Ask The Legal Expert - Protecting Children with Will Provisions
- AuthorSean Boucher
My husband and I are thinking about making Wills, naming potential guardians for our young daughter. How do we get the detail right?
The sudden loss of parents brings legal complexities that can be hard for grieving children to cope with. So, you are wise to make contingency plans, in the unlikely event that you and your husband were both to die before your daughter is 18.
As well as making financial provision for your loved ones, your Will can be used to appoint a legal guardian to care for your child in this scenario. If you were to die without appointing a guardian then the Court will appoint one. For many families this isn’t ideal, since the Court may not reflect your wishes or those of your daughter.
A guardian will make important decisions about your child’s medical treatment and education, as well as acting as care-giver until they are adults.
So, you should consider:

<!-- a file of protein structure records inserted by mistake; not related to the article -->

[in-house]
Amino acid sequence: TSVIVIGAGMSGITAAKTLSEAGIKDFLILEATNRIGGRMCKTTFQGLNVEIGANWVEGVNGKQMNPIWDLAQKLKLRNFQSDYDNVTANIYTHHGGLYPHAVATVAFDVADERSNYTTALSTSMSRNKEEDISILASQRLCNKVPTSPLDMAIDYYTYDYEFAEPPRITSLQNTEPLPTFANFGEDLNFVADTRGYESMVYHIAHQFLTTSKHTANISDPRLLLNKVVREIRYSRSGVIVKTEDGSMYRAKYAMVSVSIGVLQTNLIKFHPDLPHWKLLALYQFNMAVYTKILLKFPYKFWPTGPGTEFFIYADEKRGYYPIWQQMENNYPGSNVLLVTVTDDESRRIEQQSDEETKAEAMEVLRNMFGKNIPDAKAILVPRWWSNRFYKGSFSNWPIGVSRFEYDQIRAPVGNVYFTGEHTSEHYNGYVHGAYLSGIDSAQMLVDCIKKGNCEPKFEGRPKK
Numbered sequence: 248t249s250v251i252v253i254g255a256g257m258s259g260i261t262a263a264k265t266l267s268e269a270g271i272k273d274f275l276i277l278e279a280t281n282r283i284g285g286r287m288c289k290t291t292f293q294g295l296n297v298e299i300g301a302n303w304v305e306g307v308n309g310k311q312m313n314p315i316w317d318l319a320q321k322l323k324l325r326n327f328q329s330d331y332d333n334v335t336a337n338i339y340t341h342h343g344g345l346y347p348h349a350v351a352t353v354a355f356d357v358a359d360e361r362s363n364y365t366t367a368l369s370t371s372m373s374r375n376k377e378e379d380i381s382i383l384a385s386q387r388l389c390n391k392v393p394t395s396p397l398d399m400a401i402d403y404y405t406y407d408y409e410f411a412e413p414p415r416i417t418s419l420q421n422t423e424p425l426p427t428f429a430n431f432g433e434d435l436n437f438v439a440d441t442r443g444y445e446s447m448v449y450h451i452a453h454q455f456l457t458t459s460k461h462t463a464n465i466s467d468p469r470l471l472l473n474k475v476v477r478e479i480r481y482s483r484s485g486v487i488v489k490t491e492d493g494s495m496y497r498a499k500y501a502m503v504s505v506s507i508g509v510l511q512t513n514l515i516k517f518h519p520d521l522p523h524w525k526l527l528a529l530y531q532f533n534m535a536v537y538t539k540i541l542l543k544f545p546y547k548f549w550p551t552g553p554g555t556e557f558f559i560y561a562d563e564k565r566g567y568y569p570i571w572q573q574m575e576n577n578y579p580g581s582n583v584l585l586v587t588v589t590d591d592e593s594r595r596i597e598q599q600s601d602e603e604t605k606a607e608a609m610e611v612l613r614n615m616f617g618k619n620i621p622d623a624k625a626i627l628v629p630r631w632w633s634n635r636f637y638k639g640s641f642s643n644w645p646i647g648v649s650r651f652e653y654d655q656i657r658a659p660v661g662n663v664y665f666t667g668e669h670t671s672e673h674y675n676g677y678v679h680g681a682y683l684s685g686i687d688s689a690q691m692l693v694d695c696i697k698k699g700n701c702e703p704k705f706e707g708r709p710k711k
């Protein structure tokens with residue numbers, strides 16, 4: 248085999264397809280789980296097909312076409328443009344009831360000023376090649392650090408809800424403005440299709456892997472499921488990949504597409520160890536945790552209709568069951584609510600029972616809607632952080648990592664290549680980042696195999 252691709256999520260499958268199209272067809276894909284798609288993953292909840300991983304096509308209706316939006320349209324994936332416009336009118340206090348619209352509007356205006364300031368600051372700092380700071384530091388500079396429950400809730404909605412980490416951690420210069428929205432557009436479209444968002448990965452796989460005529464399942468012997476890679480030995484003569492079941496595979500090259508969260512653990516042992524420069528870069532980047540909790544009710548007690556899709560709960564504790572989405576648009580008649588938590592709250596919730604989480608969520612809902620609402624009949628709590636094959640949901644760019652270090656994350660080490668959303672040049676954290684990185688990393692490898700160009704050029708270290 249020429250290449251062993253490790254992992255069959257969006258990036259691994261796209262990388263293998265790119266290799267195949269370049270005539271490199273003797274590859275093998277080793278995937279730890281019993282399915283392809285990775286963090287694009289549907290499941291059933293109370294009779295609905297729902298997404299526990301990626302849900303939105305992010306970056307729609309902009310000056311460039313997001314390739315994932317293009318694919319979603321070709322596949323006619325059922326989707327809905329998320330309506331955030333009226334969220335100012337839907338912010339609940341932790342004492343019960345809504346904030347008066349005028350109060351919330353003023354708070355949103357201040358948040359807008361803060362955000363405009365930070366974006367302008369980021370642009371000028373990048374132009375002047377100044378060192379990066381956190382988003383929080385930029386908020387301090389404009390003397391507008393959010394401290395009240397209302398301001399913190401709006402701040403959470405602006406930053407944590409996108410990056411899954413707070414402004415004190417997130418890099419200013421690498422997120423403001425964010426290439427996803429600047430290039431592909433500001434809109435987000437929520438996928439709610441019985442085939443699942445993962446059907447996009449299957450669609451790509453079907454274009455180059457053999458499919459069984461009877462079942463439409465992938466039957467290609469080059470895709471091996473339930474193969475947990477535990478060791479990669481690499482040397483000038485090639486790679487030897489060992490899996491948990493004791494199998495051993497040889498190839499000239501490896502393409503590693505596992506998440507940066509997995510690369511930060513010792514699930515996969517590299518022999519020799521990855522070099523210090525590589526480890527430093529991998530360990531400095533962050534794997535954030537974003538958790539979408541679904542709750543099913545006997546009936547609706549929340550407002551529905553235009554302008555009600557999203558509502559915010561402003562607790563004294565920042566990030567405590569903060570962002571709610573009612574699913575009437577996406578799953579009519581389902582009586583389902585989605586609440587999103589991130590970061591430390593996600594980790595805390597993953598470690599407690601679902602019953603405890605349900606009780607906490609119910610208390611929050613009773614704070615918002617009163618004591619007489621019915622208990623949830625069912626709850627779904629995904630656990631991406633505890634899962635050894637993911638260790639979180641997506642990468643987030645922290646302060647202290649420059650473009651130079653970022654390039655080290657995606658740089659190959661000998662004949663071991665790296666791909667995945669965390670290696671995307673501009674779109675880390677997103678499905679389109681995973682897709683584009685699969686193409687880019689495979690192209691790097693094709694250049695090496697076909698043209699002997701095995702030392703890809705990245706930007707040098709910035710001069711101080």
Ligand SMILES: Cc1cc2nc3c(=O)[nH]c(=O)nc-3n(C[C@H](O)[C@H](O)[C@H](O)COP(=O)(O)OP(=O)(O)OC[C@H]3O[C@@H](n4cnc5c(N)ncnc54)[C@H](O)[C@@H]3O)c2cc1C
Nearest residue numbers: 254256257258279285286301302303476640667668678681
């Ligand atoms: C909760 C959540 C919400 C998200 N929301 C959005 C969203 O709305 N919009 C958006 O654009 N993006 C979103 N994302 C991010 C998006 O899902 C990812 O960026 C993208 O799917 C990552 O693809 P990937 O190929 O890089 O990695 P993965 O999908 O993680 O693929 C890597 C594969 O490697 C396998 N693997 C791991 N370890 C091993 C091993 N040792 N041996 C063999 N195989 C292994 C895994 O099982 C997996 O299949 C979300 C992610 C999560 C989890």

- Who is best equipped to assume the responsibility of caring for your daughter physically, financially and emotionally?
- Have you broached the idea with the potential guardian? How do they feel about it?
- Do their values chime with yours?
- Do they live a long way away from your child’s school, or from your wider family?
- Do they have children? How do they get on with your daughter?
- Do you and your husband agree on the choice?
If you and your husband can agree on the same guardian your child’s life will be simpler. If not, you may nominate different guardians, but they will have to work together on decisions regarding your daughter’s upbringing. If they cannot, the Court will get involved.
You should also make financial provision to support your daughter. If you leave the residuary estate in trust for her, your executors, as trustees, have powers to use this money for the benefit of your child, or to pay it to the guardian for the same purpose. There are other styles of trust arrangements you can set up, and a legal professional will guide you through these options. The important thing is to leave clear instructions, under legal guidance, to make your wishes obvious.
JCP’s Lifetime Planning team is on hand for tailored legal support. For specialist legal advice, call Sean Boucher: 01267 266944 or: Sean.email@example.com
The question posed is based upon a hypothetical situation. Welsh is spoken at JCP Solicitors’ Carmarthen office.
For further advice, please contact our specialist Lifetime Planning Solicitors in:
- Swansea: 01792 773773
- Cardiff: 02920 225472
- Carmarthen: 01267 234022
- Caerphilly: 02920 860628
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